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The League of Nations was a failure. How far do you agree with this statement? Explain your answer.

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Introduction

'The League of Nations was a failure'. How far do you agree with this statement? Explain your answer. [Paper 1, (c), /8] In the 1920s and 1930s, the League demonstrated that it can be both successful and a failure. In my opinion, overall, the League was more of a failure. The League certainly has a number of failures. First of all, the League didn't command its own army, thus it had to rely on member countries to contribute troops. In cases where the member countries were reluctant to send troops, the League would be rendered helpless; for example, at Vilna in 1920, the League was not able to stop the takeover of Vilna by the Poles, as the French didn't want to upset Poland (they saw Poland as a possible ally) and the British were not prepared to act alone. Secondly, the Corfu incident wasn't fully successful, as there were many loopholes in the League's actions. For example, although Italy withdrew from Corfu (violence was altogether prevented), Greece had to pay them compensation and apologise, even though it wasn't Greece's fault that Tellini and his team were killed. ...read more.

Middle

After the events unfolded, the League made up excuses to cover up its inadequacy in dealing with the Manchurian Crisis; the League said that Japan was so far away, that it was a special case, and that Japan did have a point when it said that China was itself in the grip of anarchy. We can agree that the League was powerless if a strong nation decided to pursue an aggressive policy and invade its neighbours. The Disarmament Conference in 1932 produced resolutions to prohibit bombing of civilian populations, limit the size of artillery, limit the tonnage of tanks and prohibit chemical waste. However, there was very little to show how these limits would be achieved, for example, bombing was prohibited but there was no attempt at abolishing planes capable of bombing. Moreover, Germany complained that it was the only country which had disarmed and wanted for all countries to disarm to its level; when the Conference failed to agree to the principle of 'equality', the Germans walked out. ...read more.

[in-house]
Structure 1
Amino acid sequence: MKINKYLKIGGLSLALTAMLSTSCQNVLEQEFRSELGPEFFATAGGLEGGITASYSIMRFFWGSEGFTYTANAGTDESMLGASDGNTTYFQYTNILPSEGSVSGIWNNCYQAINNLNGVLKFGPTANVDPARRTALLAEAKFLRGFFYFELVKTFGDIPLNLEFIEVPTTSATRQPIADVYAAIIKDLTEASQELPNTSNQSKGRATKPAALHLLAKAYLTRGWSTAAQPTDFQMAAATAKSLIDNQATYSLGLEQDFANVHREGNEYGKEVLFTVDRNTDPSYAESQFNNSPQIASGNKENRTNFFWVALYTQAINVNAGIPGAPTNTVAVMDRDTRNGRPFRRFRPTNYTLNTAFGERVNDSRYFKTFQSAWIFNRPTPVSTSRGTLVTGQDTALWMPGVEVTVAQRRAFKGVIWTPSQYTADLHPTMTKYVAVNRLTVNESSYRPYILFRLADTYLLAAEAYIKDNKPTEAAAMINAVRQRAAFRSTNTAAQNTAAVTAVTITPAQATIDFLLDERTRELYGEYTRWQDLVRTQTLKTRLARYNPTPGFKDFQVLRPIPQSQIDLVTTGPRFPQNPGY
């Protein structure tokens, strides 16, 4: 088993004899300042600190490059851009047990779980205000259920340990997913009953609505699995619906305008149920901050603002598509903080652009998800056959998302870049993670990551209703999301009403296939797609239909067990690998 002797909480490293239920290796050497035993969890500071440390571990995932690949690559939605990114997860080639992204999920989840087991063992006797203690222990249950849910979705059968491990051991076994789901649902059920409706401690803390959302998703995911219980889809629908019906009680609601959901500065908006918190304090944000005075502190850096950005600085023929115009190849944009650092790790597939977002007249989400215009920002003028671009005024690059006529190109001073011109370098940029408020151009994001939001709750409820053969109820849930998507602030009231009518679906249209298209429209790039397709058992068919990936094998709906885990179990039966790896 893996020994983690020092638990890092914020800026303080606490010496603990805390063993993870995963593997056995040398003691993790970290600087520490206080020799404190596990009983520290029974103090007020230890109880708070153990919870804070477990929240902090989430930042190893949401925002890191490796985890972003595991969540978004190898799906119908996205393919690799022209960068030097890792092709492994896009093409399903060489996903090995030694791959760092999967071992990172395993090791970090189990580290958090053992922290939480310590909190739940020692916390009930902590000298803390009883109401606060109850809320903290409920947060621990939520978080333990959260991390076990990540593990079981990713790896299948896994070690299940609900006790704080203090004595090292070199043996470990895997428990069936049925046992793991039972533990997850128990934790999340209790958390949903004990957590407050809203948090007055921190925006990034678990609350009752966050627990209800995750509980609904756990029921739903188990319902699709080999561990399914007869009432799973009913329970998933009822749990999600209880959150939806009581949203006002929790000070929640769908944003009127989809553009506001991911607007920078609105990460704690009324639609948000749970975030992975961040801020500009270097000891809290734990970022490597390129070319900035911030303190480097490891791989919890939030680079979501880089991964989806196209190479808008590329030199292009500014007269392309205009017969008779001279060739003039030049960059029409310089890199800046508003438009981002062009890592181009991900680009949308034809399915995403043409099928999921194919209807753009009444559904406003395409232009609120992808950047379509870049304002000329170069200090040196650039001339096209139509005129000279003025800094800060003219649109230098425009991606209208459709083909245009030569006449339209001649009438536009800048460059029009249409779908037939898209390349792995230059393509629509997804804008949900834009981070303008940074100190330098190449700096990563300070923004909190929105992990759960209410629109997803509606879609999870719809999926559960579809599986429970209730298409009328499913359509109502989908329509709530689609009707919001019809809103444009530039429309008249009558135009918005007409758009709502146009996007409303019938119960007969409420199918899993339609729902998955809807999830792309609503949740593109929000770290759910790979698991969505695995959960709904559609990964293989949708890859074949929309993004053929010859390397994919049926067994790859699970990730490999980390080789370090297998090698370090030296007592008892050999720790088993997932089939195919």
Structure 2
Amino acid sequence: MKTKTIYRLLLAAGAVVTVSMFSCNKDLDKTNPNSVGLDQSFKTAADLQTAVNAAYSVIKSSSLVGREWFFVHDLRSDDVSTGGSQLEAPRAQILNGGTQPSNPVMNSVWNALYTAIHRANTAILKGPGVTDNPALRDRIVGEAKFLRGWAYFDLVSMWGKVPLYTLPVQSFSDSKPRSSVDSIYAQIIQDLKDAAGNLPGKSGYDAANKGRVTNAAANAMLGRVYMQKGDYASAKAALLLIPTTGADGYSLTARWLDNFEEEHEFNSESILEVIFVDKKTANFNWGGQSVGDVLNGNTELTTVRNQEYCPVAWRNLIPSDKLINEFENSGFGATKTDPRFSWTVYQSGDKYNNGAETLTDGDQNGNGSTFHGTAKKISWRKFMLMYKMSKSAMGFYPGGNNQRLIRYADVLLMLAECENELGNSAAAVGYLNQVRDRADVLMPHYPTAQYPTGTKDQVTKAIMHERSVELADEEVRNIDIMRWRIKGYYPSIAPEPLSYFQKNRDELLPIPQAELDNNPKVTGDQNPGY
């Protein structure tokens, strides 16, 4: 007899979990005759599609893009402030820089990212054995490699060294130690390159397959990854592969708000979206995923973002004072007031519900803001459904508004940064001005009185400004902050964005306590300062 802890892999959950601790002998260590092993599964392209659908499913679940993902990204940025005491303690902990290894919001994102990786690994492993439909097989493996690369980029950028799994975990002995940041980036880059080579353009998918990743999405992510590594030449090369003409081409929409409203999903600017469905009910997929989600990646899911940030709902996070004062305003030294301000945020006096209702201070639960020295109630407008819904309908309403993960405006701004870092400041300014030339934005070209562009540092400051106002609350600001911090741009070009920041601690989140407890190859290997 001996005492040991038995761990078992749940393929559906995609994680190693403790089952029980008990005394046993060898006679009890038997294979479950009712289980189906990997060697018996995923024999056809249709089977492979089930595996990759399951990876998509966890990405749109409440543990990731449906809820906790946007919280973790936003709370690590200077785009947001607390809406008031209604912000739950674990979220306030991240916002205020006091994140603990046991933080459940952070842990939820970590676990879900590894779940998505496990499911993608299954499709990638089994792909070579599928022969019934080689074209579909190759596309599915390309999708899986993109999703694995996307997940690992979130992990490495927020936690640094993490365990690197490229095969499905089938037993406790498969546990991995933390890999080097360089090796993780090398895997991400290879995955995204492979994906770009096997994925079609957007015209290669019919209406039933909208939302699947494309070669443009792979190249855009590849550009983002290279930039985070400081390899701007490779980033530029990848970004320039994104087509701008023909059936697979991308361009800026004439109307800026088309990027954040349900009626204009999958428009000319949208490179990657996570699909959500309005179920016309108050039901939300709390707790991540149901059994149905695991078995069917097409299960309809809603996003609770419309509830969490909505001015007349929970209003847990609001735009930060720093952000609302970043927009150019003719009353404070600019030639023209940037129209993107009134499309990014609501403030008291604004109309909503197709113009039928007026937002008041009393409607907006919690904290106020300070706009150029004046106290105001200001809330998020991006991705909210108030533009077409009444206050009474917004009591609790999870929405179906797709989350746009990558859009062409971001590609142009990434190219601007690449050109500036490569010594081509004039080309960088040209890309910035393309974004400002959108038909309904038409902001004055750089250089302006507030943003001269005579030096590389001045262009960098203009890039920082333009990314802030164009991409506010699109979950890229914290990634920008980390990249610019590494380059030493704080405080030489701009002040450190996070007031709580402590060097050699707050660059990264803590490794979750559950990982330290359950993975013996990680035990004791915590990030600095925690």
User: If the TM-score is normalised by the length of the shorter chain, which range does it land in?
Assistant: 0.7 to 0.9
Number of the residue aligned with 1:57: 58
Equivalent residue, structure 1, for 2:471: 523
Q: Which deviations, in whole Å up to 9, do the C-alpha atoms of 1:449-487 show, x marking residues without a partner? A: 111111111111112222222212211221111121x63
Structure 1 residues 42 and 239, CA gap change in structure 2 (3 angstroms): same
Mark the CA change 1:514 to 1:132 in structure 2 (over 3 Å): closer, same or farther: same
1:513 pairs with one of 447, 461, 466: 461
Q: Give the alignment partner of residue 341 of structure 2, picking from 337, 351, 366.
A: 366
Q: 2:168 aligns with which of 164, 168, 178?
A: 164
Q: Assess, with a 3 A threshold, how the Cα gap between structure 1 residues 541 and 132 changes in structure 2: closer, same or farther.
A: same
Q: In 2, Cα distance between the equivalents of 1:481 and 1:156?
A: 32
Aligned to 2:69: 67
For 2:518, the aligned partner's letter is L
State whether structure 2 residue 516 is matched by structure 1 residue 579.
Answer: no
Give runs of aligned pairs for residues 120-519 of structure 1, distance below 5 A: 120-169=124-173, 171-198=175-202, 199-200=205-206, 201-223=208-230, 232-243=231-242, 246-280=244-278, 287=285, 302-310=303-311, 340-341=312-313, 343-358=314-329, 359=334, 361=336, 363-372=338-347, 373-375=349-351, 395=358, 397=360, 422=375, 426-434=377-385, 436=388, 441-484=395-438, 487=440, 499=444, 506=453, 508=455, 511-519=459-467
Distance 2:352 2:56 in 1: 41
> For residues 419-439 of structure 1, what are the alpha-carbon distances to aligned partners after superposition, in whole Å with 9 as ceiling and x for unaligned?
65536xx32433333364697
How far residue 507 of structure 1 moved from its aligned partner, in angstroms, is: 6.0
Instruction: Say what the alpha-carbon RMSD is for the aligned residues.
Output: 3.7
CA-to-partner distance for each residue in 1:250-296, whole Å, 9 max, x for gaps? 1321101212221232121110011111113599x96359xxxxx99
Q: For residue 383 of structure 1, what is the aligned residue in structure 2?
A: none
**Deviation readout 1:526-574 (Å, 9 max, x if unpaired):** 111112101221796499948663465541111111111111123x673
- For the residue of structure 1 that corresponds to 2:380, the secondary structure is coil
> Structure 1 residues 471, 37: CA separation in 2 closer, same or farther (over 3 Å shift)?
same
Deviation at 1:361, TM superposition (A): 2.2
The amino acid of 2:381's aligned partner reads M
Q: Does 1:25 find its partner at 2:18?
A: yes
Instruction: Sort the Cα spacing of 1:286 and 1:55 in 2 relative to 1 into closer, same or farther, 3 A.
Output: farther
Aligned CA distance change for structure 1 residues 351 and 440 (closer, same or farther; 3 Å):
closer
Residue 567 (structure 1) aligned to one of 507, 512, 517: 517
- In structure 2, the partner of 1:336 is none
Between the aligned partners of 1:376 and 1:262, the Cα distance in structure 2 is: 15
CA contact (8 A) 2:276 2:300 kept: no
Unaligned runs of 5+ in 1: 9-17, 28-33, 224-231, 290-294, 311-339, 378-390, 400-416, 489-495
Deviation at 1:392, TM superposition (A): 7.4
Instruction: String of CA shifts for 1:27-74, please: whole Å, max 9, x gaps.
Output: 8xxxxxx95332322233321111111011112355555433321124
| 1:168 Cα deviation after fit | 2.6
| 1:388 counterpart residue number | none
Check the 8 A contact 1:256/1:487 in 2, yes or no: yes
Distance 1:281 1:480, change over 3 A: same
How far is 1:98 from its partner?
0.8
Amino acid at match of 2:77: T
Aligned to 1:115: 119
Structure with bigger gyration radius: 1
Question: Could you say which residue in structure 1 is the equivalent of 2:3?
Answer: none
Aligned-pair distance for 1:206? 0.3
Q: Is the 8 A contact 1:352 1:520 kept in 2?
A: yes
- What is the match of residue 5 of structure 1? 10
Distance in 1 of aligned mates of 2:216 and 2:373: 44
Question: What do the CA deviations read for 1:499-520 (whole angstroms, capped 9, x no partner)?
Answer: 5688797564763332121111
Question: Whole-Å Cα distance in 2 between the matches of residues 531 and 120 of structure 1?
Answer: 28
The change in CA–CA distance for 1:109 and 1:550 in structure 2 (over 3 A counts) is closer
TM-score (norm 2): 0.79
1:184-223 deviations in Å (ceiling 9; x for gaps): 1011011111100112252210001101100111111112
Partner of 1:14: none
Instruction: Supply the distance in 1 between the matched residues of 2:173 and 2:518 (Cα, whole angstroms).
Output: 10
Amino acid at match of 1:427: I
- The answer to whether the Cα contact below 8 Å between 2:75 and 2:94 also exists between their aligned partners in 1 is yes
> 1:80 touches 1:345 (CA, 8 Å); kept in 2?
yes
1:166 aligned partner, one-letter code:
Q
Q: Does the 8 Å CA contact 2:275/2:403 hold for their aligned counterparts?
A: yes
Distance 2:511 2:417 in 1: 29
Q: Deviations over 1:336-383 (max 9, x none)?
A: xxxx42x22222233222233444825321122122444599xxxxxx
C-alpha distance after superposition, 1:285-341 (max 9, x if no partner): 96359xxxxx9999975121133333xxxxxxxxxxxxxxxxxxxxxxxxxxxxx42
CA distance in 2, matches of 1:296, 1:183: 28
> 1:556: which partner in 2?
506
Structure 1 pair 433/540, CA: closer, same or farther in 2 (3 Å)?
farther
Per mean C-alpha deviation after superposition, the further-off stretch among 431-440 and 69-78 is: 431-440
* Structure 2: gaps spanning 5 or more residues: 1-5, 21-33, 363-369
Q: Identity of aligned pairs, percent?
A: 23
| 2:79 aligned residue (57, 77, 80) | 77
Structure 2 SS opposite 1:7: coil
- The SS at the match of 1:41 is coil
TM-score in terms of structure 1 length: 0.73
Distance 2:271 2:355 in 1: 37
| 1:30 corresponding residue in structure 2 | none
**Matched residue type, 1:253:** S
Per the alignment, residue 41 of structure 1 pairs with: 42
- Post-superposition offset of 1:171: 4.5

Conclusion

On the other hand, the League was quite successful in some of its operations. The League allowed for member countries to voice their opinions in the Assembly. At the Aaland Islands in 1921, Sweden and Finland wanted control of the Aaland Islands - they appealed for the League's help and accepted the League's ruling, so war was avoided. Another example can be Upper Silesia in 1921, when both Germany and Poland wanted control of the industrial region. In 1920, a plebiscite was organised for the Silesians to vote on which country they wished to join, and French and British troops were sent to keep order at the polling booths. The League used the results from the poll to divide the region, but built in many safeguards to prevent future disputes - violence was avoided. Bulgaria (1925) was successful to an extent, as violence was avoided and the aggressive country did leave from the country they invaded. The League had a number of commissions and committees that were set up to improve people's living and working conditions around the world. ?? ?? ?? ?? Mai Pham Thanh 11D 1 ...read more.

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